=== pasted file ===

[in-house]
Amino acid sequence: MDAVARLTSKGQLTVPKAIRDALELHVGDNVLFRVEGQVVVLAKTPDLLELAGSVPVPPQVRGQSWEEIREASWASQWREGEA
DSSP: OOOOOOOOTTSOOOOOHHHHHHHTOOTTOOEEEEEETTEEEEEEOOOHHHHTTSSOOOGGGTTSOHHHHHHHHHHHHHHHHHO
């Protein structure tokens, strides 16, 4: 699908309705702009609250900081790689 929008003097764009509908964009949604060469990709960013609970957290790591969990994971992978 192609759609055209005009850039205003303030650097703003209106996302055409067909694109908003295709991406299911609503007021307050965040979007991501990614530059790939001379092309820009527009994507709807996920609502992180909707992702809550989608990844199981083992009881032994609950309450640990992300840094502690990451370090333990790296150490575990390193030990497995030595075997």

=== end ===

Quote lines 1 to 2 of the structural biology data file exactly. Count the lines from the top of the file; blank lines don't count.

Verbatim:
[in-house]
Amino acid sequence: MDAVARLTSKGQLTVPKAIRDALELHVGDNVLFRVEGQVVVLAKTPDLLELAGSVPVPPQVRGQSWEEIREASWASQWREGEA